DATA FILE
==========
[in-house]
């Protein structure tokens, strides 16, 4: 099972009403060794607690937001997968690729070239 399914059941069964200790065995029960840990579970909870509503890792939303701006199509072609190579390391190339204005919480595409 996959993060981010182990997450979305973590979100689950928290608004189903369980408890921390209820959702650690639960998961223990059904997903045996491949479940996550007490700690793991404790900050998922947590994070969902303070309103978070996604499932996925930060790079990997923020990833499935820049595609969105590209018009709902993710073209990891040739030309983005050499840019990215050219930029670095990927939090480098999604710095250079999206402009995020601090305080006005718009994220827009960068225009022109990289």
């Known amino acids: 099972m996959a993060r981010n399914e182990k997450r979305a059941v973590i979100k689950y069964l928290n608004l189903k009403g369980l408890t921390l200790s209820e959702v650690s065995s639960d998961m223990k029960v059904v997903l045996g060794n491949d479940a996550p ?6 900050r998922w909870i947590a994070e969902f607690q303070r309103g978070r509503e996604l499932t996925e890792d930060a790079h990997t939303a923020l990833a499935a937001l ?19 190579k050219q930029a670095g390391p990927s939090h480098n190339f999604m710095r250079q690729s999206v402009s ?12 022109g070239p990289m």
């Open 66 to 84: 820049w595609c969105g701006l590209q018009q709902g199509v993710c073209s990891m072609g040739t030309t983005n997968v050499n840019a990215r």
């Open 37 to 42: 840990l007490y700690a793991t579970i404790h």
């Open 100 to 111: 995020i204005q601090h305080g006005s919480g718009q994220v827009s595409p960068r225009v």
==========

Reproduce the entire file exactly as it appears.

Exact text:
[in-house]
């Protein structure tokens, strides 16, 4: 099972009403060794607690937001997968690729070239 399914059941069964200790065995029960840990579970909870509503890792939303701006199509072609190579390391190339204005919480595409 996959993060981010182990997450979305973590979100689950928290608004189903369980408890921390209820959702650690639960998961223990059904997903045996491949479940996550007490700690793991404790900050998922947590994070969902303070309103978070996604499932996925930060790079990997923020990833499935820049595609969105590209018009709902993710073209990891040739030309983005050499840019990215050219930029670095990927939090480098999604710095250079999206402009995020601090305080006005718009994220827009960068225009022109990289």
């Known amino acids: 099972m996959a993060r981010n399914e182990k997450r979305a059941v973590i979100k689950y069964l928290n608004l189903k009403g369980l408890t921390l200790s209820e959702v650690s065995s639960d998961m223990k029960v059904v997903l045996g060794n491949d479940a996550p ?6 900050r998922w909870i947590a994070e969902f607690q303070r309103g978070r509503e996604l499932t996925e890792d930060a790079h990997t939303a923020l990833a499935a937001l ?19 190579k050219q930029a670095g390391p990927s939090h480098n190339f999604m710095r250079q690729s999206v402009s ?12 022109g070239p990289m």
């Open 66 to 84: 820049w595609c969105g701006l590209q018009q709902g199509v993710c073209s990891m072609g040739t030309t983005n997968v050499n840019a990215r």
């Open 37 to 42: 840990l007490y700690a793991t579970i404790h």
């Open 100 to 111: 995020i204005q601090h305080g006005s919480g718009q994220v827009s595409p960068r225009v």